• $\begingroup$ @Semiclassical incidentally, you might like physicsoverflow.org I haven't said much of use there yet, but it seems like a good community to support. $\endgroup$ Jul 19, 2014 at 18:51
  • $\begingroup$ I see. Thanks. I guess I'll have to find some more vector calculus identities and try to prove them on my own. But wait, what is $\vec{A} \cdot \vec{\nabla}$? I mean, how does that even make sense? How should we interpret $(\vec{A} \cdot \vec{\nabla})\vec{B}$? $\endgroup$
    – math.n00b
    Jul 19, 2014 at 20:19

I'm going to prove two other vector calculus identities to check if I've understood physicists notations well :D I'm going to use Einstein's summation notation as well. ;-)

1. $$\nabla \cdot (\mathbf{A} \times \mathbf{B}) = \mathbf{B} \cdot (\nabla \times \mathbf{A}) - \mathbf{A} \cdot (\nabla \times \mathbf{B})$$

$$\nabla \cdot (\mathbf{A} \times \mathbf{B}) = \partial_i(\mathbf{A}\times\mathbf{B})_i=\partial_i(\epsilon_{ijk}A_jB_k)=\epsilon_{ijk}\partial_i(A_jB_k)=\epsilon_{ijk}A_j\partial_iB_k+\epsilon_{ijk}B_k\partial_iA_j$$

$$\epsilon_{ijk}A_j\partial_iB_k+\epsilon_{ijk}B_k\partial_iA_j=-\epsilon_{jik}A_j\partial_iB_k+\epsilon_{kij}B_k\partial_iA_j=-A_j(\epsilon_{jik}\partial_iB_k)+B_k(\epsilon_{kij}\partial_iA_j)$$ $$-A_j(\epsilon_{jik}\partial_iB_k)+B_k(\epsilon_{kij}\partial_iA_j)=-A_j(\nabla \times \mathbf{B})_j+B_k(\nabla \times \mathbf{A})_k = -\mathbf{A}\cdot(\nabla \times \mathbf{B})+\mathbf{B}\cdot(\nabla \times \mathbf{A})$$

2. $$ \nabla \times \left( \nabla \times \mathbf{A} \right) = \nabla(\nabla \cdot \mathbf{A}) - \nabla^{2}\mathbf{A}$$

where $\nabla^{2}\mathbf{A}=\langle \nabla^{2}A_x, \nabla^{2}A_y, \nabla^{2}A_z\rangle$ and it's called vector Laplacian.

$$(\nabla \times \left( \nabla \times \mathbf{A} \right))_i = \epsilon_{ijk}\partial_j(\nabla\times \mathbf{A})_k=\epsilon_{ijk}\partial_j(\epsilon_{kmn}\partial_mA_n)=\epsilon_{ijk}\epsilon_{kmn}\partial_j(\partial_mA_n)$$ Now we use the famous equality: $$\epsilon_{ijk}\epsilon_{kmn}=\delta_{im}\delta_{jn}-\delta_{in}\delta_{jm}$$

$$(\nabla \times \left( \nabla \times \mathbf{A} \right))_i= \delta_{im}\delta_{jn}\partial_j(\partial_mA_n)-\delta_{in}\delta_{jm}\partial_j(\partial_mA_n)=\partial_j(\partial_iA_j)-\partial_j(\partial_jA_i)$$ $$\partial_j(\partial_iA_j)-\partial_j(\partial_jA_i)=\partial_i(\partial_jA_j)-(\partial_j\partial_j)A_i=\partial_i(\nabla \cdot\mathbf{A})-(\nabla^{2}\mathbf{A})_i=(\nabla(\nabla \cdot \mathbf{A})-\nabla^{2}\mathbf{A})_i$$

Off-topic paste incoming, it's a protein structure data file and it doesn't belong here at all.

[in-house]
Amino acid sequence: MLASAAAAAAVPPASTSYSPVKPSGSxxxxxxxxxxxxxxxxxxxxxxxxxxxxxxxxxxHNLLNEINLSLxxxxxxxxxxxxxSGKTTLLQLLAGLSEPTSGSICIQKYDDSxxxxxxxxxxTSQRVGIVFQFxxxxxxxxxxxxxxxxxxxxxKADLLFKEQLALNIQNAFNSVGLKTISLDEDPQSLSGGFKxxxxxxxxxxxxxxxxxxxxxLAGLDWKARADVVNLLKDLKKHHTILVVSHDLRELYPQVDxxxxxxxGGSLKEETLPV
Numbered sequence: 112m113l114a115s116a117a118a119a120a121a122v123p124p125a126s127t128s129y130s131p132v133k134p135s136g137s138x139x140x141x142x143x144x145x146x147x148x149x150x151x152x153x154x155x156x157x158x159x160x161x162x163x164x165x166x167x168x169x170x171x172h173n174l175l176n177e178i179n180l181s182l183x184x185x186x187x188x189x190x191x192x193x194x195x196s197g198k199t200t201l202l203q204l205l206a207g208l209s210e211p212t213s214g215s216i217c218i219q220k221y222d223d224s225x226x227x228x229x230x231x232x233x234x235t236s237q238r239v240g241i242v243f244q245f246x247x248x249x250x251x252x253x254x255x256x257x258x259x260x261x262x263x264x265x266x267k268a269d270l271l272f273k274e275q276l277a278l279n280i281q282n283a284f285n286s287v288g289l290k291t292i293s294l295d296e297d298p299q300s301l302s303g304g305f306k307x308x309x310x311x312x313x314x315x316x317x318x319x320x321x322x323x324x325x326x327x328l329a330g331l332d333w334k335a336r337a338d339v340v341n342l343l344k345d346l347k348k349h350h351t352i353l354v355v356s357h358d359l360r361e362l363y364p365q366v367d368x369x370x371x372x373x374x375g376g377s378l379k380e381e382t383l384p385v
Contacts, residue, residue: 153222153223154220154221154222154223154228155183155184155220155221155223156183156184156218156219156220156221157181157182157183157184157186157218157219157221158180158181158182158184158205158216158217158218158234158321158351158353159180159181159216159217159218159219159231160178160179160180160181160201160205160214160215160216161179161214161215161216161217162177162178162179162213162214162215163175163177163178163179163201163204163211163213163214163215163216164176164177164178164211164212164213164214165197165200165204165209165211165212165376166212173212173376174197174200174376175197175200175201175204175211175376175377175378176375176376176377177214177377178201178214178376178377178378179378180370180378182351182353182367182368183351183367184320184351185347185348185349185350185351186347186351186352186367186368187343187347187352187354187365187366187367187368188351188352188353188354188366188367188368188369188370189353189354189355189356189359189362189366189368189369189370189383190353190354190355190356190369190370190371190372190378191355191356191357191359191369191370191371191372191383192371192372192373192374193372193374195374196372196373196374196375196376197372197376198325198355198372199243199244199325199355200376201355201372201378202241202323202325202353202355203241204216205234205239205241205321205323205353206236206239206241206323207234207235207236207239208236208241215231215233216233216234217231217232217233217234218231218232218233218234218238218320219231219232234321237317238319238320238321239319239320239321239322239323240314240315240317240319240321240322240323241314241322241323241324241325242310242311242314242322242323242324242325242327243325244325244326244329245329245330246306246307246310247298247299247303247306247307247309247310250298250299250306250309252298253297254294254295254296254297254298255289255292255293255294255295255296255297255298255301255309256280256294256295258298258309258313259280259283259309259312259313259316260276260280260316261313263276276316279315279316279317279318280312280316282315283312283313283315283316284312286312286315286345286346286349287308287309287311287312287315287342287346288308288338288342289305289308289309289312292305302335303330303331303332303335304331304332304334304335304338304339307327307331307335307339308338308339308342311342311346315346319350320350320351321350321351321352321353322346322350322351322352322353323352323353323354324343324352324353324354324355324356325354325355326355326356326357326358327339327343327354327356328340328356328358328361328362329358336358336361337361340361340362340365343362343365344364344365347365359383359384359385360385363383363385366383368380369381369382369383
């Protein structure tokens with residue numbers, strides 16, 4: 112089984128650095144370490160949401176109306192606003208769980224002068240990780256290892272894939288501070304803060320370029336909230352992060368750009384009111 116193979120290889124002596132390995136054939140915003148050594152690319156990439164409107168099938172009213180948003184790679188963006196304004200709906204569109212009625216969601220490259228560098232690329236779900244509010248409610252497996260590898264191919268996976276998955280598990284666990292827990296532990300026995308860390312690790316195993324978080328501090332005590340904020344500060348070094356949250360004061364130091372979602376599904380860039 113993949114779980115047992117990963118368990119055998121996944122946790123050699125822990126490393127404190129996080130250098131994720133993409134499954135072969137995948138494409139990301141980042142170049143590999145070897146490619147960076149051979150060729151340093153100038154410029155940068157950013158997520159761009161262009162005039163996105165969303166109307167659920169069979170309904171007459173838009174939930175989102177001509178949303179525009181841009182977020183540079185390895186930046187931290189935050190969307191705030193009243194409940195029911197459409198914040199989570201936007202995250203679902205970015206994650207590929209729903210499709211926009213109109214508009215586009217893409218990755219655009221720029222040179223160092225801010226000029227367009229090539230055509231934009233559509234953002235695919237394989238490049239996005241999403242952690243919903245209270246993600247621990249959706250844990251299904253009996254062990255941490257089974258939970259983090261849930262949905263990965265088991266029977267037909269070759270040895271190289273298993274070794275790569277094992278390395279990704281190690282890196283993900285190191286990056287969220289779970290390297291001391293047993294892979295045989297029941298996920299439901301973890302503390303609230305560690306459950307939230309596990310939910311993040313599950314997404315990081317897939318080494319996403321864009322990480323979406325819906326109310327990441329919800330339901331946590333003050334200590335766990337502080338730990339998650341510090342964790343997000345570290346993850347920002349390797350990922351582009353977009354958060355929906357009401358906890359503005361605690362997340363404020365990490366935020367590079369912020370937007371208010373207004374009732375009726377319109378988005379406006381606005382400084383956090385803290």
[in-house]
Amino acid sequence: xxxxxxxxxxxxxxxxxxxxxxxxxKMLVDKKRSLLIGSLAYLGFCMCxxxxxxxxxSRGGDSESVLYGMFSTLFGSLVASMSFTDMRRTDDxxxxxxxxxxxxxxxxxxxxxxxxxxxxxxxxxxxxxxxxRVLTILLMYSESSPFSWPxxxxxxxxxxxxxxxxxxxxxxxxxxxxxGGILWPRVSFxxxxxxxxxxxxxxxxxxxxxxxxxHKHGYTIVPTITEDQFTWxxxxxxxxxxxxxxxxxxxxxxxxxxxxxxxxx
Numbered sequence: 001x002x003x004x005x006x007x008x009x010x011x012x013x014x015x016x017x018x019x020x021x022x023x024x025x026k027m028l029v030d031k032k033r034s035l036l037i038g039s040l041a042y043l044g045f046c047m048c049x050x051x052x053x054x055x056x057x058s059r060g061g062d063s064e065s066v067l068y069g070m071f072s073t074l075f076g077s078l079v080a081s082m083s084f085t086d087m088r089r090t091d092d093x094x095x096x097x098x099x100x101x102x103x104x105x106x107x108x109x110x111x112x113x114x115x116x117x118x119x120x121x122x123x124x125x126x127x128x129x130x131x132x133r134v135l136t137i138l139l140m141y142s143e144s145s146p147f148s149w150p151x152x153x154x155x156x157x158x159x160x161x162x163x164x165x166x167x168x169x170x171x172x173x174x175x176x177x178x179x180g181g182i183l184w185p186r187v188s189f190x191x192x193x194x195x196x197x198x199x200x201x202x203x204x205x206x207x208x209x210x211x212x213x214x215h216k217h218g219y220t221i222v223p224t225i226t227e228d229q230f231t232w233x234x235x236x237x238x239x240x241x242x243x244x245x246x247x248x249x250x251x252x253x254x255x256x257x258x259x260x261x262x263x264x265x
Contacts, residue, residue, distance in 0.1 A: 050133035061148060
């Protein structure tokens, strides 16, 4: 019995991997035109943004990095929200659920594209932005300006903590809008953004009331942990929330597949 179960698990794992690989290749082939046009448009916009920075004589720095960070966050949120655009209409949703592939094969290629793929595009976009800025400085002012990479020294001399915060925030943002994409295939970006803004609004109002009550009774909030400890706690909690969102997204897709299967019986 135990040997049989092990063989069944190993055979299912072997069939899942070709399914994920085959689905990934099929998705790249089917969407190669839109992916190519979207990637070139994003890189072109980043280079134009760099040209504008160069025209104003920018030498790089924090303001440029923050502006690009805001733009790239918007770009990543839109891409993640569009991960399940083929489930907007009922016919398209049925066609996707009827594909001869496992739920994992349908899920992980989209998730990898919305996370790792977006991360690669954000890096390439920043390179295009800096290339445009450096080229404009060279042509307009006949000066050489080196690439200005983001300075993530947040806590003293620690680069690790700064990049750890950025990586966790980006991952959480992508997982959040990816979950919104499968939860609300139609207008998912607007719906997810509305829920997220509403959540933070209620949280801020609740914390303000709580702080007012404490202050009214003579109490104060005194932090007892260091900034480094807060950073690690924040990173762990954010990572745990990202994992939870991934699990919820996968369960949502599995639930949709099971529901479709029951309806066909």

I'm sure that the last line needs some modifications because the LHS is the i-th component of $\nabla \times \left( \nabla \times \mathbf{A} \right)$ while in RHS a vector ($\nabla^{2}\mathbf{A}$) has showed up sooner than it should appear.

So, I've made the following assumptions in my calculations (Please verify them):

  1. Partials always act like differentials, regardless of the subscripts involved in our calculations. $\partial_iX_jY_k = (\partial_iX_j)Y_k + X_j(\partial_iY_k)$.

  2. If we assume the existence and continuity of second derivatives involved in our calculations, then since partial derivatives commute we have $\partial_i\partial_j= \partial_j\partial_i$.

  3. I've assumed that $\epsilon_{ijk}$ is a constant function and it can come out of partial derivatives with ease.


I want to prove that:

$$ \nabla(\mathbf{A} \cdot \mathbf{B}) = (\mathbf{A} \cdot \nabla)\mathbf{B} + (\mathbf{B} \cdot \nabla)\mathbf{A} + \mathbf{A} \times (\nabla \times \mathbf{B}) + \mathbf{B} \times (\nabla \times \mathbf{A}) $$

$$(\nabla(\mathbf{A} \cdot \mathbf{B}))_i = \partial_i (\mathbf{A}\cdot\mathbf{B})=\partial_i(A_jB_j)=\partial_i(A_j)B_j+\partial_i(B_j)A_j$$

I don't see how I should move forward. I'm stuck.

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    $\begingroup$ Nearly perfect, however, in the last line we should have $\partial_i (\nabla \cdot \vec{A})-\nabla^2 A_i = (\nabla(\nabla \cdot \vec{A})- \nabla^2 \vec{A})_i$. Which, is what you want as you calculated the $i$-th component of $\nabla \times (\nabla \times \vec{A})$. Nice work! $\endgroup$ Jul 20, 2014 at 4:01
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    $\begingroup$ In addition to that little note by Mr. Cook, I'd just like to add: 1) Make sure you realize why you can pull the $\epsilon_{ijk}$ in and out of the differential operators (so you know exactly when it's allowable). 2) I think you might want to be more careful about commuting factors. Technically the Leibniz rule states that $\partial_i(X_jY_k) = (\partial_iX_j) Y_k + X_j \partial_iY_k$. The factors do commute because they are scalars, but I'd just be more explicit. 3) I consider $\partial_j^2$ to be an abuse of notation. In that form it looks like there's only 1 index... $\endgroup$
    – user137731
    Jul 20, 2014 at 4:26
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    $\begingroup$ and so can fool you or your readers when using the Einstein summation convention. I prefer to just leave it as $\partial_j \partial_j$. If you can keep those things in mind, then yeah, I think you've got it. $\endgroup$
    – user137731
    Jul 20, 2014 at 4:28
  • $\begingroup$ @JamesS.Cook: Yes, I'd already noticed that but I was unsure whether $$\partial_j\partial_jA_i=\nabla^{2}A_i=(\nabla^{2}\mathbf{A})_i$$ was correct or not, later I verified it. Thanks for your help. I'm trying to prove that $$ \nabla(\mathbf{A} \cdot \mathbf{B}) = (\mathbf{A} \cdot \nabla)\mathbf{B} + (\mathbf{B} \cdot \nabla)\mathbf{A} + \mathbf{A} \times (\nabla \times \mathbf{B}) + \mathbf{B} \times (\nabla \times \mathbf{A}) $$ but I keep getting wrong results, I don't see how the cross product comes into the play. Would you please give me a hint? $\endgroup$
    – math.n00b
    Jul 20, 2014 at 5:57
  • $\begingroup$ @Bye_world: Yes, thanks for your notes. I can pull $\epsilon_{ijk}$ out because it's a constant, not a function. No? And now it makes more sense why writing $\partial^{2}_j$ is a bad idea.. because if there's only one $j$ index it won't be summed over. Right? $\endgroup$
    – math.n00b
    Jul 20, 2014 at 6:01